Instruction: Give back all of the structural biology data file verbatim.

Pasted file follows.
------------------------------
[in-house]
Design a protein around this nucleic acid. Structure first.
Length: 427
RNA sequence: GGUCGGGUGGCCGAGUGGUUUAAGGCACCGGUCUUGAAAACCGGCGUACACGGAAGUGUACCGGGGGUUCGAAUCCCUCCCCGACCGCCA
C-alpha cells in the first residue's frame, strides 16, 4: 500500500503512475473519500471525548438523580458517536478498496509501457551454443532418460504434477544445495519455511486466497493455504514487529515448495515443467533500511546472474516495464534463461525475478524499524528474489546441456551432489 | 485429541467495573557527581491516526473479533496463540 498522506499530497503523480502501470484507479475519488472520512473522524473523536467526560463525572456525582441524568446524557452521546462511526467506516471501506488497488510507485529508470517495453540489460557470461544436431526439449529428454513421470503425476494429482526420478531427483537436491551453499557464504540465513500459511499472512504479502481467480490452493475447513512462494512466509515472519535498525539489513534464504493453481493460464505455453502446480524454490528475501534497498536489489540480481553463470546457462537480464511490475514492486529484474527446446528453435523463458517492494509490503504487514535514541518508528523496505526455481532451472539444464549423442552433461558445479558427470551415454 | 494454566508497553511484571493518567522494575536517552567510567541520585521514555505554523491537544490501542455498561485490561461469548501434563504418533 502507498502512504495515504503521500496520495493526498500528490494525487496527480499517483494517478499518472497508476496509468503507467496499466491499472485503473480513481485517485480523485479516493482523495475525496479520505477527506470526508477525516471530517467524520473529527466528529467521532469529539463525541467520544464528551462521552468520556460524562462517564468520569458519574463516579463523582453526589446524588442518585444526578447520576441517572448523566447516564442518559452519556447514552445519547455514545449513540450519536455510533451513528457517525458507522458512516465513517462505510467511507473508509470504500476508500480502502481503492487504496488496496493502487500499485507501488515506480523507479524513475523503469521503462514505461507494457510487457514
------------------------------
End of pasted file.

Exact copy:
[in-house]
Design a protein around this nucleic acid. Structure first.
Length: 427
RNA sequence: GGUCGGGUGGCCGAGUGGUUUAAGGCACCGGUCUUGAAAACCGGCGUACACGGAAGUGUACCGGGGGUUCGAAUCCCUCCCCGACCGCCA
C-alpha cells in the first residue's frame, strides 16, 4: 500500500503512475473519500471525548438523580458517536478498496509501457551454443532418460504434477544445495519455511486466497493455504514487529515448495515443467533500511546472474516495464534463461525475478524499524528474489546441456551432489 | 485429541467495573557527581491516526473479533496463540 498522506499530497503523480502501470484507479475519488472520512473522524473523536467526560463525572456525582441524568446524557452521546462511526467506516471501506488497488510507485529508470517495453540489460557470461544436431526439449529428454513421470503425476494429482526420478531427483537436491551453499557464504540465513500459511499472512504479502481467480490452493475447513512462494512466509515472519535498525539489513534464504493453481493460464505455453502446480524454490528475501534497498536489489540480481553463470546457462537480464511490475514492486529484474527446446528453435523463458517492494509490503504487514535514541518508528523496505526455481532451472539444464549423442552433461558445479558427470551415454 | 494454566508497553511484571493518567522494575536517552567510567541520585521514555505554523491537544490501542455498561485490561461469548501434563504418533 502507498502512504495515504503521500496520495493526498500528490494525487496527480499517483494517478499518472497508476496509468503507467496499466491499472485503473480513481485517485480523485479516493482523495475525496479520505477527506470526508477525516471530517467524520473529527466528529467521532469529539463525541467520544464528551462521552468520556460524562462517564468520569458519574463516579463523582453526589446524588442518585444526578447520576441517572448523566447516564442518559452519556447514552445519547455514545449513540450519536455510533451513528457517525458507522458512516465513517462505510467511507473508509470504500476508500480502502481503492487504496488496496493502487500499485507501488515506480523507479524513475523503469521503462514505461507494457510487457514